Systemic chemotherapy protocols have replaced enucleation and radiation as the primary treatment for retinoblastoma. Chemotherapy reduces tumor volume (chemoreduction) to permit application of focal techniques such as laser photocoagulation or cryotherapy to ablate remaining tumor mass. The choice of agents, combination, and dosage varies among treatment centers. The most commonly used chemotherapeutic agents include vincristine, carboplatin, etoposide, and teniposide. Ciclosporin A is sometimes used to combat multidrug resistance. Subtenon injections of carboplatin can be used as an adjunct to systemic chemotherapy. Intravenous carboplatin can also be used in conjunction with infrared diode laser radiation applied directly to the tumor through the pupil (transpupillary thermotherapy) because heat increases the permeability of the cellular membrane to antimitotics, reinforcing their cytotoxic effect. For small tumors (diameter less than 3 mm), transpupillary thermotherapy can be used alone, relying on the cytotoxic effect of heat by raising the temperature of the tumor above 45°C. Complete tumor control can be achieved in 85% of appropriately selected patients. Complications include iris atrophy, lens opacities, retinal traction, retinal detachment, and disk edema. Chemotherapy alone does not achieve permanent tumor control. When local therapy is applied in conjunction with chemotherapy, success rates approach 85%. Systemic chemotherapy carries potentially serious systemic adverse effects, including hearing loss, cytopenia, neutropenia, infections, gastrointestinal toxicity, and neurotoxicity.
External-beam radiation is indicated in advanced bilateral cases or in cases of disease relapse. It may also be considered for small tumors located within the macula, because it offers a better chance for useful vision when compared to other focal treatments. Radiation increases the risk of secondary nonocular malignancies. Side-effects include cataract formation, dry eye, retinopathy, vitreous hemorrhage, growth retardation of the orbit, and resultant midface hypoplasia.
Brachytherapy uses radioactive plaques, like iodine-125 or ruthenium-106, on the sclera over the base of the tumor. The total dose of radiation is ~4000 cGy delivered at a rate of 1000 cGy daily. It can be used for medium-sized tumors (4–10 disk diameters) for consolidation or as a secondary method after treatment failure with localized relapse. Tumors involving the macula or optic disk are not optimal candidates for this treatment modality. The recurrence rate for this treatment is 12% at 1 year if used as primary treatment and 8–34% if used as salvage therapy after failure of other methods. Radiation retinopathy, cataract, and neovascular glaucoma are reported complications of brachytherapy. Accelerated proton beam irradiation uses tantalum rings sutured to the sclera to mark the tumor edges in order to deliver an accelerated particle beam to active intraocular tumor. It can also be applied as an adjunct to enucleation with positive tumor margins in the optic nerve stump.
Focal treatments include transpupillary argon laser photocoagulation and transscleral cryotherapy. Small tumors (less than 3 mm in diameter and 2 mm in thickness) without vitreous seeding are good candidates for photocoagulation. Complications include retinal detachment, fibrosis, and vascular occlusions. Alternatively, cryotherapy can be used if a small tumor is located peripherally. Cryotherapy causes intracellular ice crystal formation, protein denaturation, pH changes, and cell membrane rupture. Circulation to the tumor is also disrupted. Cryotherapy can also be applied as a secondary treatment for tumor previously treated with laser, transpupillary thermotherapy, or external-beam radiation. Tumor destruction is usually achieved after one or two sessions of triple-freeze therapy at 1-month intervals. Complete destruction is achieved in 90% of tumors. Complications include pain, intraocular inflammation, chemosis, lid edema, vitreous hemorrhage, and retinal detachment.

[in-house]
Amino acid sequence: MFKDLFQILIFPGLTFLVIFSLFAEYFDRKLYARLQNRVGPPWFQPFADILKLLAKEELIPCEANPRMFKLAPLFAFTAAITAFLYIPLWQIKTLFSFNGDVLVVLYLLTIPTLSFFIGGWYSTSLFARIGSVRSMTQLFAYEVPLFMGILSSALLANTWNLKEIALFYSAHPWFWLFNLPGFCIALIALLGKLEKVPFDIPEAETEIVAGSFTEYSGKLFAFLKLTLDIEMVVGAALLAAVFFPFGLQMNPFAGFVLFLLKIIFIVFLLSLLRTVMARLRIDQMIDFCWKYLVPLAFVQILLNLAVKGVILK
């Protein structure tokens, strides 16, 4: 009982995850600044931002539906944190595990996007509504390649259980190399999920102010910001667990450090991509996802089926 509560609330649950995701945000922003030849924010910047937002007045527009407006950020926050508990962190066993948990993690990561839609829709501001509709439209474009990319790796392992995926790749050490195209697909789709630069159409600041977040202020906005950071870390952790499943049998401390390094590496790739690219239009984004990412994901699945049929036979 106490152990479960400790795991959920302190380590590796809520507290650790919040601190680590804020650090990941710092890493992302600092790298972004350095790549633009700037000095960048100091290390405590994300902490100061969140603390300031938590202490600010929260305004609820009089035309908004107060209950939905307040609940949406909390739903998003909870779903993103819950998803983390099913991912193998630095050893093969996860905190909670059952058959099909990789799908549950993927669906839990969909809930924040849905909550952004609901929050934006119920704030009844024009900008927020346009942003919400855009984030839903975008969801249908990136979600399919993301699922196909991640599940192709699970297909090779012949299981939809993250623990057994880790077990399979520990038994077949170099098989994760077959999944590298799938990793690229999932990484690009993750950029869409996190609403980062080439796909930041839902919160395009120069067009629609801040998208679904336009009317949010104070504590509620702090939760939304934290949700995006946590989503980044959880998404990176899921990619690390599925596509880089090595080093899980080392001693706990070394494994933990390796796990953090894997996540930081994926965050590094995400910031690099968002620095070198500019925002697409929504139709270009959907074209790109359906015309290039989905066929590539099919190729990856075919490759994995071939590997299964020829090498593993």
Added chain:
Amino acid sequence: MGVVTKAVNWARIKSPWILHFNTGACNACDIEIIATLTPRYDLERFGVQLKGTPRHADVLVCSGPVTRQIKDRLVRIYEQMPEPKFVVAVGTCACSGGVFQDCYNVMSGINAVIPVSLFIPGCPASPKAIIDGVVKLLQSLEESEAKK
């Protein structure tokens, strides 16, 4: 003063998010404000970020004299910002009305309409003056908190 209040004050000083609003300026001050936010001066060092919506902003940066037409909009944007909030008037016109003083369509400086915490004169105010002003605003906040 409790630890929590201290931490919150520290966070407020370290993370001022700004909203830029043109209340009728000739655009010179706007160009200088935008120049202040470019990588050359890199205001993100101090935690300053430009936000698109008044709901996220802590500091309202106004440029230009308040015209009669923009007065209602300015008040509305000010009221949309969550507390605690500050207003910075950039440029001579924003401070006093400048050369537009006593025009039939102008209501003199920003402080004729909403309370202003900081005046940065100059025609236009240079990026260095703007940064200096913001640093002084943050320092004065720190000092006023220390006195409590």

In the USA, enucleation is reserved for advanced cases of retinoblastoma with massive involvement of the retina and vitreous, rubeosis, glaucoma, or tumor invasion into the anterior segment or optic nerve. It remains the most common form of treatment worldwide. Fortunately, enucleation is effective, achieving total cure in 99% of patients with no extraocular involvement. During enucleation it is of utmost importance to avoid inadvertent perforation of the globe, since this carries a very high risk for extraocular tumor seeding. A long section of the optic nerve should be obtained for histopathological analysis. Enucleation is the only treatment modality that allows genetic analysis of fresh tissue. High-risk characteristics of enucleated specimens include massive choroidal infiltration, anterior-chamber seeding, tumor invasion beyond the lamina cribrosa, and scleral invasion. Children with these high-risk features are recommended to have adjunctive chemotherapy (Children’s Oncology Group, Group E Prospective Trial). Tumor at the surgical margin of the optic nerve has an associated mortality rate of 50–81%. High-dose chemotherapy with autologous marrow transplantation is therefore indicated to prevent metastases in patients with tumor extending beyond the cut end of the optic nerve (Children’s Oncology Group, Group F Concept Proposal).
Novel treatment modalities under investigation include subconjunctival ( Figure 48.4 ) and intravitreal delivery of chemotherapeutic agents, injection of photosensitizing agents followed by selective laser treatment, gene therapy, and ophthalmic artery injection of chemotherapeutic agents. New understanding in the genetic alterations in retinoblastoma tumorigenesis will likely produce novel molecular targets to treat the tumors directly with reduced systemic side-effects.